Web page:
The Hermite constant was named after Charles Hermite. It determines how much maximum, an element of a lattice, could be short enough in the Euclidean space. It is known in dimensions 1–8 and 24. For n = 2, the Hermite constant is written as: γ_{2}=2/√3.

The Hermite constant was named after Charles Hermite. It determines how much maximum, an element of a lattice, could be short enough in the Euclidean space. It is known in dimensions 1–8 and 24. For n = 2, the Hermite constant is written as: γ_{2}=2/√3.

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For n value, the Hermite constant is defined as: γ_{n}=(sup_{f} min_{xi} f(x_{1}, x_{2},..x_{n}))/[discriminant(f)]^{1/n}. It is also represented as: γ_{n}=4(∂_{n}/V_{n})^{2/n}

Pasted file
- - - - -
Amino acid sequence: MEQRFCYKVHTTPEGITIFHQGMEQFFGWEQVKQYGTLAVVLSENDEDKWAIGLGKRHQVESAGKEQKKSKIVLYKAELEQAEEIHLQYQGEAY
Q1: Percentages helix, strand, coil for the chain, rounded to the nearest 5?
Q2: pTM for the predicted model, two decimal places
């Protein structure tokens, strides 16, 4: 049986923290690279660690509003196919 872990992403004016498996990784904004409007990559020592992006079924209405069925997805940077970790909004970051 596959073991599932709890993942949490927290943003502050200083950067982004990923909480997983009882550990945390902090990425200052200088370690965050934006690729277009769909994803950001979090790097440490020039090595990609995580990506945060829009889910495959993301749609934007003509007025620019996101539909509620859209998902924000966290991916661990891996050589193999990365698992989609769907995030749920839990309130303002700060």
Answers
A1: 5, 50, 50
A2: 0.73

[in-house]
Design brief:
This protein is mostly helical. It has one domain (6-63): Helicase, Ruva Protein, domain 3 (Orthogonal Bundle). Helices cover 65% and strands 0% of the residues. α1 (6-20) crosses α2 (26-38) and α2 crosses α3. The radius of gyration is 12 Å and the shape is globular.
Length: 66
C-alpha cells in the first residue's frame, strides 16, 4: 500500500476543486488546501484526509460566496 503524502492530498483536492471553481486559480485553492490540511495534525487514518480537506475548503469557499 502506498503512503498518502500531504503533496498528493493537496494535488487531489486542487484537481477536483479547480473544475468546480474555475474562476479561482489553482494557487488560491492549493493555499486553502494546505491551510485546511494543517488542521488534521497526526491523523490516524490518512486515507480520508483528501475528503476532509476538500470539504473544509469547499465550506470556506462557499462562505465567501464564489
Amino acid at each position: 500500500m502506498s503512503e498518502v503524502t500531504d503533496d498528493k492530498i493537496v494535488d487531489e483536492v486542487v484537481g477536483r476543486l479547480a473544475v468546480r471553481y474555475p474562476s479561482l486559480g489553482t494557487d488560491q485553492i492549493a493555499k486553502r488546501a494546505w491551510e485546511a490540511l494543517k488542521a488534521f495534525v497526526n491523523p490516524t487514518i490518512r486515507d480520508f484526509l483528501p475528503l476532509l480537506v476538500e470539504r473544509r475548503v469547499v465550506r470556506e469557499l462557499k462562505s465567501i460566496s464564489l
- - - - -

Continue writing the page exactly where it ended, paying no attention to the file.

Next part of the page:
where ∂_{n} is the maximum lattice.

For a large value of n, the Hermite Constant is defined as: 1/2∏e≤(γ_{n}/n)≤1.744.../2∏e

For n value, the Hermite constant is defined as: γ_{n}=(sup_{f} min_{xi} f(x_{1}, x_{2},..x_{n}))/[discriminant(f)]^{1/n}. It is also represented as: γ_{n}=4(∂_{n}/V_{n})^{2/n}

where ∂_{n} is the maximum lattice.

For a large value of n, the Hermite Constant is defined as: 1/2∏e≤(γ_{n}/n)≤1.744.../2∏e